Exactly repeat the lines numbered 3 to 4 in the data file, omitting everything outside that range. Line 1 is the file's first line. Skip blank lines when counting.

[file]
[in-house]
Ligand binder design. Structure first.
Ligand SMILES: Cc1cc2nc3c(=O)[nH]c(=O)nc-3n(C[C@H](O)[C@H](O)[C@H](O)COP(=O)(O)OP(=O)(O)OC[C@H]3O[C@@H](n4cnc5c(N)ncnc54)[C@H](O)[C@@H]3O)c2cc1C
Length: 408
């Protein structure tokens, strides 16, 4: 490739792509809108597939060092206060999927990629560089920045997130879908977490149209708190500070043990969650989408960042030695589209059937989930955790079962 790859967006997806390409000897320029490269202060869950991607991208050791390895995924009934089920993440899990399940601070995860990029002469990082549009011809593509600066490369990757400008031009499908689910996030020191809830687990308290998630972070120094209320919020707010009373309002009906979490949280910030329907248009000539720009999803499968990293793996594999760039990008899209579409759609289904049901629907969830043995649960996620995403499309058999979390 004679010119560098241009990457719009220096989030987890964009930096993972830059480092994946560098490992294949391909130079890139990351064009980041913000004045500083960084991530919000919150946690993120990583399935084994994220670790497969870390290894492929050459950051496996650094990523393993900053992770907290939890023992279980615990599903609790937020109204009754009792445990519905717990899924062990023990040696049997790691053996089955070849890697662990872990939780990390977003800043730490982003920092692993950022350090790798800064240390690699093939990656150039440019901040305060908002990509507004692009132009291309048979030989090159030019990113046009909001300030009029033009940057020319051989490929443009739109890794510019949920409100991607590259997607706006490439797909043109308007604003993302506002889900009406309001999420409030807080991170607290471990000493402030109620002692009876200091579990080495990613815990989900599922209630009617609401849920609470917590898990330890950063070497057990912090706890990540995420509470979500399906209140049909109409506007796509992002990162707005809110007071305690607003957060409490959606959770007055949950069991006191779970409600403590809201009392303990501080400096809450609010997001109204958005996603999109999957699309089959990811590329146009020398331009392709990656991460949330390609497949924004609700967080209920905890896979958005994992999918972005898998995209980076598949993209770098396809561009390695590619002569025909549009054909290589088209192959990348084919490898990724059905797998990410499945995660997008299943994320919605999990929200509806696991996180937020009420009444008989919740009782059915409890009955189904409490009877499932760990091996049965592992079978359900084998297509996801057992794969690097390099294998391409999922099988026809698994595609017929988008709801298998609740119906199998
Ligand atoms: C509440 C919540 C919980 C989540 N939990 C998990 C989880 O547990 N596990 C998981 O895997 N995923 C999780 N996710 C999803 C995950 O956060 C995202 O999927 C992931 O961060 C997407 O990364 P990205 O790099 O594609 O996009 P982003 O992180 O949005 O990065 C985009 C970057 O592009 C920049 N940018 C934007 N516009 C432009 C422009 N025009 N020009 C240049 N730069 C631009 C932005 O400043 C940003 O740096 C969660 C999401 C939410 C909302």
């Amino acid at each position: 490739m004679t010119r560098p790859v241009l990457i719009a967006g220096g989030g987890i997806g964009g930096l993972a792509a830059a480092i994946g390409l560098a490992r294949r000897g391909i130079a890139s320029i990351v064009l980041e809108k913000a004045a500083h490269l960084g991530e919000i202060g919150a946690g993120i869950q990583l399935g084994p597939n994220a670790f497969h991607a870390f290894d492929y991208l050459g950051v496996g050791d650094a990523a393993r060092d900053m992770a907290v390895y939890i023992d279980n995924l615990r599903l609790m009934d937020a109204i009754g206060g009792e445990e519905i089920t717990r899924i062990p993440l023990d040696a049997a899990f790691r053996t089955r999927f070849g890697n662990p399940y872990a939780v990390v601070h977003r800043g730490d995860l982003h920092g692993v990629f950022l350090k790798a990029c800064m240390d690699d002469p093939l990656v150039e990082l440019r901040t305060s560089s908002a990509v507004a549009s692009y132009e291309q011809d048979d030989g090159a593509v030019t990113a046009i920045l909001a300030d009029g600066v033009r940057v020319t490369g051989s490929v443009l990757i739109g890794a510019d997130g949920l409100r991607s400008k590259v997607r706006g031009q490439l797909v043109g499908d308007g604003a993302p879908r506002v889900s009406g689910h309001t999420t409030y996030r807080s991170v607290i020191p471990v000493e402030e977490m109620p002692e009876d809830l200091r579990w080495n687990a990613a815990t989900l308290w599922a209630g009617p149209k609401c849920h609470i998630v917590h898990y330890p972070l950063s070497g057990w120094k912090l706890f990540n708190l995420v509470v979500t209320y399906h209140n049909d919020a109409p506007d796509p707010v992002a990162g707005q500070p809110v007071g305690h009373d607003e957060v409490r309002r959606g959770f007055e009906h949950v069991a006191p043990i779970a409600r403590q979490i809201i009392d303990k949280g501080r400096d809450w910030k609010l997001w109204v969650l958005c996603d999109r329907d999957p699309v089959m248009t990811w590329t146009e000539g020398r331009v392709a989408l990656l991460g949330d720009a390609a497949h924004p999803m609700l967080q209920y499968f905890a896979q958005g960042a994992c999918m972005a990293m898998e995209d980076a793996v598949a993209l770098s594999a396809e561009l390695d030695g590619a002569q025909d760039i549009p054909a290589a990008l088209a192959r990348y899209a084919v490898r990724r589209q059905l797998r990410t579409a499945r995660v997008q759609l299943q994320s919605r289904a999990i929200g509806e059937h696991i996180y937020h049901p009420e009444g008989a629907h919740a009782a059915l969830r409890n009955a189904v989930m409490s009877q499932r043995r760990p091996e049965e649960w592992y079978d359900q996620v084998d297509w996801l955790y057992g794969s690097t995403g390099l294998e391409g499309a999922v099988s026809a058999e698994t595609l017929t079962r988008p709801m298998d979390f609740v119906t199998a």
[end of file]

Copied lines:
Ligand SMILES: Cc1cc2nc3c(=O)[nH]c(=O)nc-3n(C[C@H](O)[C@H](O)[C@H](O)COP(=O)(O)OP(=O)(O)OC[C@H]3O[C@@H](n4cnc5c(N)ncnc54)[C@H](O)[C@@H]3O)c2cc1C
Length: 408